Dr. Bill Dalton is betting on Big Data.
In 2006, when he was CEO of the Moffitt Cancer Center in Tampa, he led the development of the Total Cancer Care Protocol and M2Gen, a for-profit subsidiary.
As part of Total Cancer Care, more than 140,000 patients — including 3,392 with sarcoma — have given permission to have their blood and tissue samples stored and analyzed at Moffitt and to be followed throughout their lives. This produces huge amounts of data that researchers and M2Gen can analyze further.
“We have one of the oldest and largest databases of its kind, especially in molecular genomics,” said Dr. Dalton, MD, PhD, now executive chair of M2Gen, a health-informatics company. “We are continually updating patients’ data to try and learn from each patient’s experience.”
Researchers group patients' de-identified data by their similarities, and then break out the groups with more and more similarities. For example, they might start with patients whose cancers had NTRK gene mutations, and then create a subset that have Ras mutations, too. Because some patients may have the same genetic mutations, patients with different kinds of cancer might be able to take the same drug.
Sarcoma is rare, and doctors often struggle to enroll enough patients in the clinical trials needed to gain FDA approval of a new drug. We may benefit from trials that enroll patients with different cancers who have the same mutations. Targeting these mutations in a person’s cancer is called precision or personalized medicine.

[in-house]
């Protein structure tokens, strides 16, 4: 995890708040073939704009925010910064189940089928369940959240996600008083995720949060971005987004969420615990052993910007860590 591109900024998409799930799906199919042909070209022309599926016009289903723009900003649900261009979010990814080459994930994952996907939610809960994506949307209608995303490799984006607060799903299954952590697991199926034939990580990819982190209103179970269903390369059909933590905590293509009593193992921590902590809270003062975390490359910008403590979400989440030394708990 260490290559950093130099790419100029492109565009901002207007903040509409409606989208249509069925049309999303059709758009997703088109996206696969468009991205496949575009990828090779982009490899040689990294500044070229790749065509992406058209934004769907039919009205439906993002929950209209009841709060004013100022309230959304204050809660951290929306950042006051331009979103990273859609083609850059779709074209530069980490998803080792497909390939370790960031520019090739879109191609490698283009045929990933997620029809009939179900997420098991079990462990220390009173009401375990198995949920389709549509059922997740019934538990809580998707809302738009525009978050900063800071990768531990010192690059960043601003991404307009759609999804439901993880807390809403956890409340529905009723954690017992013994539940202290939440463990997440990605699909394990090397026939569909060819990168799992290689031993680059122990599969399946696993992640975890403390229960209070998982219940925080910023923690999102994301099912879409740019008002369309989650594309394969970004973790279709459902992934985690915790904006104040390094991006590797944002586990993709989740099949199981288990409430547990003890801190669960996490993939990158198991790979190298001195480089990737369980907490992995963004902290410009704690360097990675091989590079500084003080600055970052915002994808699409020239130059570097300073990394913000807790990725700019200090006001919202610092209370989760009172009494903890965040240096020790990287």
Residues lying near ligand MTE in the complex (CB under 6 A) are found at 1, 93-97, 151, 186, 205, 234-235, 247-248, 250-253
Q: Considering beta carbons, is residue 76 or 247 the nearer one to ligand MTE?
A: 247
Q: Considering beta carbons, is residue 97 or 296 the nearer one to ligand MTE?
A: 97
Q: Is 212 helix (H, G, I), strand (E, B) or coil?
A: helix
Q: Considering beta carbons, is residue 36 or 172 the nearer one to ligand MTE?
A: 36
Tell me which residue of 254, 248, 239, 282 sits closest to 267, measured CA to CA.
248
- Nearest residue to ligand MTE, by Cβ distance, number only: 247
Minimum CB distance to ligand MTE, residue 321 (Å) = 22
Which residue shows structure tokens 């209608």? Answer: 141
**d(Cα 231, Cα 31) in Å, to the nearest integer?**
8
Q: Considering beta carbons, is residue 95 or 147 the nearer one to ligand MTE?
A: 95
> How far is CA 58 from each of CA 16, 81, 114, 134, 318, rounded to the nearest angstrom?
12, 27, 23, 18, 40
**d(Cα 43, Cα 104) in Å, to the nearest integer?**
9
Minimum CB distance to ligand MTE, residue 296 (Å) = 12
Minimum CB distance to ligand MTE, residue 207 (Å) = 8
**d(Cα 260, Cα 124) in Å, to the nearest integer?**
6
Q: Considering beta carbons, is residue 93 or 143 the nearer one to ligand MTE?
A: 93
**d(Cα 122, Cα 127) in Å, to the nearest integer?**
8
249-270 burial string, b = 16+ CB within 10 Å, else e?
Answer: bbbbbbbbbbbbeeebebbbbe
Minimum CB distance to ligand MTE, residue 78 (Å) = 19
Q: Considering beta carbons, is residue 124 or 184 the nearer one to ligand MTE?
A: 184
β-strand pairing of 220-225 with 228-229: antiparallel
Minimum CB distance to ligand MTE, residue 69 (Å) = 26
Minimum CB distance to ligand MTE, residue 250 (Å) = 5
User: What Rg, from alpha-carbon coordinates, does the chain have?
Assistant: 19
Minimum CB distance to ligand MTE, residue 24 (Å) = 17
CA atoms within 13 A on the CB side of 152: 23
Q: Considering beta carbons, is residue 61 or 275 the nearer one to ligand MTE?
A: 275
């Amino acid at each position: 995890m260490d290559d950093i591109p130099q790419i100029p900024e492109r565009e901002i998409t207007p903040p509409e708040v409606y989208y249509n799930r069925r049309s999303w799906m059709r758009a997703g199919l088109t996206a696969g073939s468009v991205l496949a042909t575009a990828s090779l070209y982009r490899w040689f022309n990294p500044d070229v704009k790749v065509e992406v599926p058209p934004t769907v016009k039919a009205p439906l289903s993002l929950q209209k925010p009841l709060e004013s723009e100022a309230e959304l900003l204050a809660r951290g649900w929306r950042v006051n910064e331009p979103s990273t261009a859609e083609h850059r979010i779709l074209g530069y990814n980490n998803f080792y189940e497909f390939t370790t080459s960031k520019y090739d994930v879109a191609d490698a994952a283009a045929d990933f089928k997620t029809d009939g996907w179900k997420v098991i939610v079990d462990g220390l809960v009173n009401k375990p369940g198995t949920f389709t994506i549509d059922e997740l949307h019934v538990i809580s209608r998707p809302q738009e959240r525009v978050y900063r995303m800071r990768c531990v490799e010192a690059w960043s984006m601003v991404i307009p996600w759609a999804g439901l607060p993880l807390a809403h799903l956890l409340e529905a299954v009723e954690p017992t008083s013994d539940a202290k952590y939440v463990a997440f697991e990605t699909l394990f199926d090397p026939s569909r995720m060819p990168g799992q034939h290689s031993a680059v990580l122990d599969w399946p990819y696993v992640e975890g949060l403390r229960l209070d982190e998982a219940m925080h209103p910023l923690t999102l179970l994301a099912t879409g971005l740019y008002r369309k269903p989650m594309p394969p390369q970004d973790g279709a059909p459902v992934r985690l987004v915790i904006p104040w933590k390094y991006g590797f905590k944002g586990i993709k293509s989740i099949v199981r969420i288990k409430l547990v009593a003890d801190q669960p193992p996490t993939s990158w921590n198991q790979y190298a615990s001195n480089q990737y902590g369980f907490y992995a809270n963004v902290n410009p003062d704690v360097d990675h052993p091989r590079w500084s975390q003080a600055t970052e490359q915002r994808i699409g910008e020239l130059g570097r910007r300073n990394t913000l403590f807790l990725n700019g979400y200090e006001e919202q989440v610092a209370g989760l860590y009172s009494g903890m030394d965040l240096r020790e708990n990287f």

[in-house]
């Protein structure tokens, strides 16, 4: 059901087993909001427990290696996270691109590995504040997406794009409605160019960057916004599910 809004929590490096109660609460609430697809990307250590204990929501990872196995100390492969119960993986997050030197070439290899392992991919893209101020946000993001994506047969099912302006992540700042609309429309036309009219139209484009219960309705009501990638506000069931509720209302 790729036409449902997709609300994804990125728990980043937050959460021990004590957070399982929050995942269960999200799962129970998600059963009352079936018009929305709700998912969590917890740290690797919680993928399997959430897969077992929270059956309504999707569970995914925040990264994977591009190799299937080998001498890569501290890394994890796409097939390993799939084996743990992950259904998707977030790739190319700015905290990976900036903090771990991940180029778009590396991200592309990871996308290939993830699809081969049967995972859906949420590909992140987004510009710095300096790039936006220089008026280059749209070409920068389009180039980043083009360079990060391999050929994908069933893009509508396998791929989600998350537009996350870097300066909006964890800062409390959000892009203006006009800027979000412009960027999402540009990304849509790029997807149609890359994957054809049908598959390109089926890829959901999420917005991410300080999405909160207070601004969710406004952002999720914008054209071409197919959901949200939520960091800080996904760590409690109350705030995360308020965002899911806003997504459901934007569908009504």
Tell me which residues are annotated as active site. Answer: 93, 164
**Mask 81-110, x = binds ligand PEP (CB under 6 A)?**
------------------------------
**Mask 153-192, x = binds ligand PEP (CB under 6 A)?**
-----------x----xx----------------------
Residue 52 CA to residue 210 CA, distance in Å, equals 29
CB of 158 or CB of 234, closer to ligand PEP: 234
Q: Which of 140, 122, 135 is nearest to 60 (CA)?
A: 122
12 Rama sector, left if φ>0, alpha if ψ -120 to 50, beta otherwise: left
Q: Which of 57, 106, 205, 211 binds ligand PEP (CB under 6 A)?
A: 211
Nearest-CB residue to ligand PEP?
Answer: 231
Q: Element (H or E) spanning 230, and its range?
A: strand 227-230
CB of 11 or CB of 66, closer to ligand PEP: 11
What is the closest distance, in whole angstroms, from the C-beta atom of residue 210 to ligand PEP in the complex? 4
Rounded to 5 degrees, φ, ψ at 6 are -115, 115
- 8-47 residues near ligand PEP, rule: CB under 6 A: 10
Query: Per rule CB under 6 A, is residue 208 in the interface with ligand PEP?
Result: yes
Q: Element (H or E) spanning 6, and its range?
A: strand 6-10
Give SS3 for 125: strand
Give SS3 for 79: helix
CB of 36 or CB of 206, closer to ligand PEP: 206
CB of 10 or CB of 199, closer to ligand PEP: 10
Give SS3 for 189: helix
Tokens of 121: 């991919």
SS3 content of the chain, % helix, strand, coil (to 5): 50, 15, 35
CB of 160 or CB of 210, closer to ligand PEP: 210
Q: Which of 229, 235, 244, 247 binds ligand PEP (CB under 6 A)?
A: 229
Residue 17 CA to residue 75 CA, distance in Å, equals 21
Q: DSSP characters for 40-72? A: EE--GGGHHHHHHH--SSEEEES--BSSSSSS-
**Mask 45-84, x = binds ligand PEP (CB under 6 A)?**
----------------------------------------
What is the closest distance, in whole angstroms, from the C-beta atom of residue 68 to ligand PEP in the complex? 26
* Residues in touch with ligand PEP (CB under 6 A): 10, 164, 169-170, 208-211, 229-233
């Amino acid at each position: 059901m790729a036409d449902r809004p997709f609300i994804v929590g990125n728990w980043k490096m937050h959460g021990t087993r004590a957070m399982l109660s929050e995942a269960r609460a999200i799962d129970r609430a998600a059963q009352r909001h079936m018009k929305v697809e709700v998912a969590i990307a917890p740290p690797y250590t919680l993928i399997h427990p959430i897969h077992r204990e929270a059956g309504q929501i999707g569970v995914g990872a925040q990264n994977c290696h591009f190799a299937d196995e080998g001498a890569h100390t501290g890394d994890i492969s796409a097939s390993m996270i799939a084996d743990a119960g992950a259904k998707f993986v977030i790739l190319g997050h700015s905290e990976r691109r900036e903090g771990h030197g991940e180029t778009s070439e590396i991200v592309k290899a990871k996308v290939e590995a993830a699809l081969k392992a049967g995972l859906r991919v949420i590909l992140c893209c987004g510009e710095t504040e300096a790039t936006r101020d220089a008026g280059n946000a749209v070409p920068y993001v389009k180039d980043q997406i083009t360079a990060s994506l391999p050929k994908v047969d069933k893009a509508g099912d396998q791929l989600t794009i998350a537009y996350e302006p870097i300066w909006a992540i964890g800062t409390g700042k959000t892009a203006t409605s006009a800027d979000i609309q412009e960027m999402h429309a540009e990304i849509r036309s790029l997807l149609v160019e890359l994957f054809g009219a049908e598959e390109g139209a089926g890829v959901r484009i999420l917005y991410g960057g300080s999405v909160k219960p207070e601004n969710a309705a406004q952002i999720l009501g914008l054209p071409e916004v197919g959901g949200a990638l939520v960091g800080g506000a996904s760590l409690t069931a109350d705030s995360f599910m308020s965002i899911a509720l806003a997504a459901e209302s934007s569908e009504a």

In sarcoma, the first targeted treatment was imatinib (Gleevec) for gastrointestinal stromal tumor (GIST), which often shares the same mutation as chronic myeloid leukemia (CML). The FDA approved imatinib for CML in 2001 and GIST patients followed soon after.
In the past, GIST had often been classified as gastrointestinal leiomyosarcoma (GI LMS). Although my LMS was vaginal, I was checked for the mutation when I was diagnosed in 2002, just in case. My first sarcoma oncologist, Dr. Andy Burgess, now retired from MD Anderson Cancer Center in Houston, told me that imatinib for GIST was the best thing that had ever happened to him in his life.
One of Dr. Dalton’s sons was diagnosed with GIST last year and is doing well on imatinib. “I’m becoming a student again,” Dr. Dalton said, as he learns more about sarcoma. As a physician, he treated patients with multiple myeloma.
My tour to learn more about Total Cancer Care began at Moffitt, where I peered into the pathology lab near the operating rooms. If possible, a diagnosis is made while the patient is in surgery to help the surgeon know how to proceed. With sarcoma, for example, surgeons try to take some normal tissue around the tumor — just in case some microscopic cancer cells have spread that far. In ovarian cancer, surgeons often take much more.
Tissue donated for research is snap-frozen, usually with liquid nitrogen. When tissue is needed for patient care, hospitals store tissue in wax, technically called formalin-fixed paraffin-embedded (FFPE) tissue blocks, said Michelle Fournier, manager of Moffitt’s central biorepository (also known as a tissue bank).